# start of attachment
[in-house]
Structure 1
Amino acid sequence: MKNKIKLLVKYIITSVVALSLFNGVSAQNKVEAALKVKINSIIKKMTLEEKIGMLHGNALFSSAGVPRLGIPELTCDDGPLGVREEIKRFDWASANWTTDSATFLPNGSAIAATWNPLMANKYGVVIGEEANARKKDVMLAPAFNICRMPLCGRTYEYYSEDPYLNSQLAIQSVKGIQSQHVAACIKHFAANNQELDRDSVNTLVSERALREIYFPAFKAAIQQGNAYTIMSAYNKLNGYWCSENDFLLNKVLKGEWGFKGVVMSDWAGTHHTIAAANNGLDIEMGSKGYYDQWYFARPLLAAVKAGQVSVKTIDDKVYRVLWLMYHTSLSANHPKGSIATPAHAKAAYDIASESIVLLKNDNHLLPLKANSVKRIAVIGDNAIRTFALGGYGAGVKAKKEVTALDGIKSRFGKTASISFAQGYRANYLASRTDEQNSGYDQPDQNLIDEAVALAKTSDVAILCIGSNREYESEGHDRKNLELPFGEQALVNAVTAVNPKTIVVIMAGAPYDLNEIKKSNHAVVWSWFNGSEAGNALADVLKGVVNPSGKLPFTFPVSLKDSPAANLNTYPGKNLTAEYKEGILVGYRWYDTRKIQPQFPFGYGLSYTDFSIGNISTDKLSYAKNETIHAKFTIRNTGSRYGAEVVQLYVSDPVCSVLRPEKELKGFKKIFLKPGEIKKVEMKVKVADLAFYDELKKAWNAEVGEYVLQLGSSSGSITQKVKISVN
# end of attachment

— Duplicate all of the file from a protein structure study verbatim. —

[in-house]
Structure 1
Amino acid sequence: MKNKIKLLVKYIITSVVALSLFNGVSAQNKVEAALKVKINSIIKKMTLEEKIGMLHGNALFSSAGVPRLGIPELTCDDGPLGVREEIKRFDWASANWTTDSATFLPNGSAIAATWNPLMANKYGVVIGEEANARKKDVMLAPAFNICRMPLCGRTYEYYSEDPYLNSQLAIQSVKGIQSQHVAACIKHFAANNQELDRDSVNTLVSERALREIYFPAFKAAIQQGNAYTIMSAYNKLNGYWCSENDFLLNKVLKGEWGFKGVVMSDWAGTHHTIAAANNGLDIEMGSKGYYDQWYFARPLLAAVKAGQVSVKTIDDKVYRVLWLMYHTSLSANHPKGSIATPAHAKAAYDIASESIVLLKNDNHLLPLKANSVKRIAVIGDNAIRTFALGGYGAGVKAKKEVTALDGIKSRFGKTASISFAQGYRANYLASRTDEQNSGYDQPDQNLIDEAVALAKTSDVAILCIGSNREYESEGHDRKNLELPFGEQALVNAVTAVNPKTIVVIMAGAPYDLNEIKKSNHAVVWSWFNGSEAGNALADVLKGVVNPSGKLPFTFPVSLKDSPAANLNTYPGKNLTAEYKEGILVGYRWYDTRKIQPQFPFGYGLSYTDFSIGNISTDKLSYAKNETIHAKFTIRNTGSRYGAEVVQLYVSDPVCSVLRPEKELKGFKKIFLKPGEIKKVEMKVKVADLAFYDELKKAWNAEVGEYVLQLGSSSGSITQKVKISVN